I was listening to a call-in show on the radio this week and a listener from Colorado bragged about buying flour that was free of growth hormone and genetically modified organisms (GMOs). At first I laughed, and then I worried. Scientific ignorance is killing us. It allows climate change denialists to stop us from saving our homes. It allows quacks and drug companies to sell fake cures. And it blinds us to the real problems in food safety.
So how can we know what the real dangers in food are? Is it better to buy organic or GMO-free or locally sourced foods? The answer is actually pretty simple, much simpler than all the organic marketing and the GMO fights.
First is economics. In 2015, nearly 13% of U.S. households experienced food insecurity (the current term for “hunger”). Many more are forced to rely on poor-quality foods that lead to obesity, diabetes and high blood pressure. Many poor Americans live in “food deserts.” They may want to purchase healthy foods, but there aren't any grocery stores near enough, and they are forced to buy fast foods or unhealthy prepackaged foods. So, being able to choose healthy foods is itself a privilege.
The 87% of us who aren't going hungry are subjected to a flood of bad information about what is and what isn't healthy. Stores stock foods that are “GMO-free,” “hormone-free,” and “gluten-free,” but the only thing most of these foods share is a hefty price tag.
A good starting point here is author Michael Pollan's one line eating plan: “Eat food, not too much, mostly plants.” By “food,” he means things that look like they came from the ground, or a ranch, or any place other than a factory. This makes things pretty simple.
If you're worried about “hormones” in your meat, don't. Just eat less meat. If you eat a few servings of meat every week, you'll never get more than a few molecules of hormones in your food, if that. And the hormone-free, GMO-free flour that the Colorado baker was excited about? Wheat is a plant: you can't feed it growth hormones. And none of the flour available to consumers is ground from GMO grains.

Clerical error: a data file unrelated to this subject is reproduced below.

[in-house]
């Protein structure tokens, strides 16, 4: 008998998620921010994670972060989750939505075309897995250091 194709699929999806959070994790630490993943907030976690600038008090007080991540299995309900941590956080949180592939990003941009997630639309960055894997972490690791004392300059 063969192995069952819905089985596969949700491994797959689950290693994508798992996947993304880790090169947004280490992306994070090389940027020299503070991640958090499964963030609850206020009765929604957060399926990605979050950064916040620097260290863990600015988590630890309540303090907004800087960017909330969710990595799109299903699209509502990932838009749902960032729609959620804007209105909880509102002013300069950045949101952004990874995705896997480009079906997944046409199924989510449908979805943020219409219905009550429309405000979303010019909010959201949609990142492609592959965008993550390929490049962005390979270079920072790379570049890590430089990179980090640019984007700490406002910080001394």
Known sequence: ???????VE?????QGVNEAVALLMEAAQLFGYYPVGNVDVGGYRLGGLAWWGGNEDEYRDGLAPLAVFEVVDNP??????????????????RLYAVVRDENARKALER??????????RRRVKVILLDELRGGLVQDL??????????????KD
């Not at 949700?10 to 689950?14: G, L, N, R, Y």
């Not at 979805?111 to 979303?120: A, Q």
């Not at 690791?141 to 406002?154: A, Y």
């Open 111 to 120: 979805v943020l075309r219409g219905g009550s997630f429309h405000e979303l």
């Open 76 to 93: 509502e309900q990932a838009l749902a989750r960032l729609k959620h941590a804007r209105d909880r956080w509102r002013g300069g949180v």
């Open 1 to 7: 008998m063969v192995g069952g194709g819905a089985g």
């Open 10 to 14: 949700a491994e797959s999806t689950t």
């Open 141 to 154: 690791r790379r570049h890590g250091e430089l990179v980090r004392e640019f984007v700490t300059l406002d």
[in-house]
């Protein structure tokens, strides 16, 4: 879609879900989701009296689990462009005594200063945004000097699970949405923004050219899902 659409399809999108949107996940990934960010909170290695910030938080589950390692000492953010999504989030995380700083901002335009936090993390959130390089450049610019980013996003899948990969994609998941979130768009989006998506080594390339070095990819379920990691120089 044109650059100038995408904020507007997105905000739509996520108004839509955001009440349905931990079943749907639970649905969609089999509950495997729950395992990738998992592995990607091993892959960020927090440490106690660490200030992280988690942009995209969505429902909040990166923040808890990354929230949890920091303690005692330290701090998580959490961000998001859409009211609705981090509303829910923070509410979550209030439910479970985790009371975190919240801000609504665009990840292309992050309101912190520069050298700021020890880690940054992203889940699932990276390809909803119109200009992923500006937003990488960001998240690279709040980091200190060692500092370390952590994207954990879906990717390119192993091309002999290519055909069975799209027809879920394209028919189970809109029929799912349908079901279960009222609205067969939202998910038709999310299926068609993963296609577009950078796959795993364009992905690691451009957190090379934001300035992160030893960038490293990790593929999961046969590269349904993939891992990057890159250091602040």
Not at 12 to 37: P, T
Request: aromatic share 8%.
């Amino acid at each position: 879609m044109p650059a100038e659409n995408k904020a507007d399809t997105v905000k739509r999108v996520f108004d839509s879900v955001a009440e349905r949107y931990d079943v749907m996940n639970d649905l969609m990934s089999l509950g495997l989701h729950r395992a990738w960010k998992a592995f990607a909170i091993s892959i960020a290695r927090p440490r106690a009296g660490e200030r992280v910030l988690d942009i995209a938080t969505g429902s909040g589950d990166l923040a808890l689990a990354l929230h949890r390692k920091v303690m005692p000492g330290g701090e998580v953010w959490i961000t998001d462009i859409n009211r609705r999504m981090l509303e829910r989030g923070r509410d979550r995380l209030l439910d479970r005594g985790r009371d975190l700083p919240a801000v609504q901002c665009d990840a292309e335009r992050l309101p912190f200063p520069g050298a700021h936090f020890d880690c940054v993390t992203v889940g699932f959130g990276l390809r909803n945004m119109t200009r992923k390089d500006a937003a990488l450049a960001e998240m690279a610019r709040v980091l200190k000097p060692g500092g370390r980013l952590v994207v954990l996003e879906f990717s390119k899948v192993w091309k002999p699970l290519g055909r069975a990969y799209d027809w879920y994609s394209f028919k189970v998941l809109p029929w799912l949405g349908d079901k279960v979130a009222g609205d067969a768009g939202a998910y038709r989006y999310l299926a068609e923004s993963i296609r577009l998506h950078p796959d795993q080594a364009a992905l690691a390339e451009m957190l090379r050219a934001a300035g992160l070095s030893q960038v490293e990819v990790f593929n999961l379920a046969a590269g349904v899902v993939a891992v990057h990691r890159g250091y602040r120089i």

Health food hype is based purely on marketing and not on science. Much has been made of growth hormone in meat, and much of it is flat out wrong. If your chicken is advertised as “hormone-free,” make sure you aren't paying a higher price, because no poultry in the U.S. is given hormones.
Gluten-free is very popular right now, but even if you are one of the 1% of Americans with celiac disease, marketers are fooling you. Whole Foods sells “gluten-free” baby shampoo. First, please don't eat baby shampoo. Second, gluten is a protein found in wheat. Meats, cheeses, and personal care products don't normally have wheat in them.
But there are real risks in food, risks that require some science to understand and prevent. In the U.S., food-borne illness is a big threat, with 48 million Americans getting sick each year. Much of this is due to poor food handling starting in the fields and farms and going all the way to the final person to touch the food before it goes into your mouth. We do a terrible job in this country preventing infections we acquire from the meats and produce we eat. Preventing these requires good policies and good regulation. (Antibiotics in agriculture is a separate issue. Farmers use it to increase yield in meat, and the antibiotics get into our food chain, not hurting us directly, but decreasing our ability to use antibiotics to help humans.)
While we wait (and wait, and wait) for better food safety legislation and enforcement, there's a lot you can do at home to prevent infections. The CDC's guide to safe food handling is a good place to start. And scientific literacy, as always, is so important. Raw milk (milk that isn't pasteurized) has been a growing fad for a number of years. With that fad has come a quadrupling of the number of outbreaks due to raw milk. An easy way to prevent infections is to stick to dairy that's treated and handled properly, and to avoid food fads.
Eat food, not too much, mostly plants. Follow basic food handling safety guidelines. And learn to separate fact from fiction in food safety.
Peter A. Lipson, ACP Member, is a practicing internist and teaching physician in Southeast Michigan. After graduating from Rush Medical College in Chicago, he completed his internal medicine residency at Northwestern Memorial Hospital. This post first appeared at his blog at Forbes. His blog, which has been around in various forms since 2007, offers "musings on the intersection of science, medicine, and culture." His writing focuses on the difference between science-based medicine and "everything else," but also speaks to the day-to-day practice of medicine, fatherhood, and whatever else migrates from his head to his keyboard.